Wednesday, 18 November 2009

A sincere request....

Has post modernism been the culprit which has allowed for catchy ideas to be the only "bling-thing" to art endeavours today, especially when it comes to events that invite collaborations and collective interaction? Today this could well be the fear we face when the most mediocre of standards get excused because of the desire to accommodate everything and anything as art expression.

I want to walk the tightrope where I balance myself with optimism and a spirit to be open, but in no way does this suggest that idiocity is a crown I am willing to have placed on my head to wear as an artist at any time in my life! There are many issues to this problem we face today where the attitude of "sub kuch chalta hai art ke naam me" exists, but perhaps the most glaring factor to this "dippy-do-diddle-dee-dee, aren't-we-all-a-happy-family" is mistaking mere organisation to be curation. Having little visible structure that situates a concept or makes a pivotal argument to an art idea is only too prevalent these days and this new trend which allows us to accept sponsorships and financial aid which come with vested interests to promote the investors as collectors and connoisseurs of art is perhaps the most dangerous thing of all.

At a time when Indian art needs no longer to fight to be seen with parity and merit in an international arena, and possesses the infrastructures of a national awareness that holds it in high esteem, why do we choose to dig our own graves and belittle the seriousness we strove for as art practitioners in the first place?

We abuse so many opportunities that come our way and then make lame excuses that always point the finger of accountability away from ourselves. Documentation that records the work of an artist, for example, is a hugely serious activity and cannot be experimented with in ways that compromise the authenticity of the artist who is being represented. In recent instances just being the viewer to documentation of such a nature that is so terribly sub-standard in every which way, shames one as the onlooker; because it is a collective responsibility that we hold to make the contemporary history we engage with be disseminated through a methodology that is researched, and most importantly, honourable to the basic intentions of offering something that holds substance because it is itself informed via the insightfulness of those who choose to make it.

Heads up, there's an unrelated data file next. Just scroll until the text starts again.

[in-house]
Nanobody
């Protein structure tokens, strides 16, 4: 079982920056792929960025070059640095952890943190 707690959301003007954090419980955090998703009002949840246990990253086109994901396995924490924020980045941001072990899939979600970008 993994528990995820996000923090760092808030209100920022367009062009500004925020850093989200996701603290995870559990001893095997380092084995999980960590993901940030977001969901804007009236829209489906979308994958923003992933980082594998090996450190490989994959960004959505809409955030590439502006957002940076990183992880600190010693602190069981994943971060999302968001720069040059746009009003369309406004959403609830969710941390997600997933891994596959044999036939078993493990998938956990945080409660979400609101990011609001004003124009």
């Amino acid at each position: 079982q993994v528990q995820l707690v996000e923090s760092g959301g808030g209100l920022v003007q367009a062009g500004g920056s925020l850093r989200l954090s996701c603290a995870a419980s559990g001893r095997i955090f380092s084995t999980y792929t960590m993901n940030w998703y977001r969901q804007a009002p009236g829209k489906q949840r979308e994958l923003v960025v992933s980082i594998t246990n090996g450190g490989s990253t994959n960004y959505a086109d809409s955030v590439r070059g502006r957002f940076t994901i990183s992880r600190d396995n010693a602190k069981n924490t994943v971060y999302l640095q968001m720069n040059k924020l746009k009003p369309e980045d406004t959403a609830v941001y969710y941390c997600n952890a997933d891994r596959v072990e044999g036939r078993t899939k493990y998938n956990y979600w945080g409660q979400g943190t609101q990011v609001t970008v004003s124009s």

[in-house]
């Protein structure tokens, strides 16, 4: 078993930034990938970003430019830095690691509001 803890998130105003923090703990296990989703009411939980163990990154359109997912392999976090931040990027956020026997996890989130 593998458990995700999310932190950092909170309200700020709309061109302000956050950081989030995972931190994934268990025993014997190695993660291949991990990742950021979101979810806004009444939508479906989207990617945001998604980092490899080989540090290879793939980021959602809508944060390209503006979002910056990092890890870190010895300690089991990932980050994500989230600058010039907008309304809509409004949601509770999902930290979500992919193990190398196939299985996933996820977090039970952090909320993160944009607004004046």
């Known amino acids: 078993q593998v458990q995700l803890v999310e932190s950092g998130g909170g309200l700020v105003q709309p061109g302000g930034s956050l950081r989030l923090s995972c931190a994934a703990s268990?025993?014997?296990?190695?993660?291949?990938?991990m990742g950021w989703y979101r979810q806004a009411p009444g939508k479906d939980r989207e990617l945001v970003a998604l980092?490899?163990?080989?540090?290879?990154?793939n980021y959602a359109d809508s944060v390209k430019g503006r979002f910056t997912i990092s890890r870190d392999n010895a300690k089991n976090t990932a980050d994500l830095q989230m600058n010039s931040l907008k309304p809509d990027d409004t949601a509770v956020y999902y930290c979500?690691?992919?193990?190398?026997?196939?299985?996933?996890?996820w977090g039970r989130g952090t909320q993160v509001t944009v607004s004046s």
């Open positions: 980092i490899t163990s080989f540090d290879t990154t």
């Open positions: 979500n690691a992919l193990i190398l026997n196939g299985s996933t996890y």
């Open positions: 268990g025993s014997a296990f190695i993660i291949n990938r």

I am both perturbed as well as anxious that the over zealousness of "filling spaces" like an army of ants so that we can claim to be active will become a folly that haunts us all when, down the line, our history will be dotted with the humiliation of mediocrity that we were too embarrassed to fight off when we needed to arrest its unbearable presence. Let us be more honest to ourselves. This isn't too much to ask I believe.

If art and art activities is the new toy in the hands of curious infants, it needs to be monitored so that it doesn't harm the child who carelessly plays with it. Much has been invested into the cauldron of this bubbling pot of art and culture so let's not just spill the whole darn thing over because we don't have the guts to articulate the boundaries that need to be set in place, because otherwise we will knowingly and willingly dilute the very nectar that feeds us too.

1 comment:

  1. You are so right, Rekha. But who is to decide what is mediocre and what is not? Whether it is art or politics, education or city management, hidden agendas are always at work!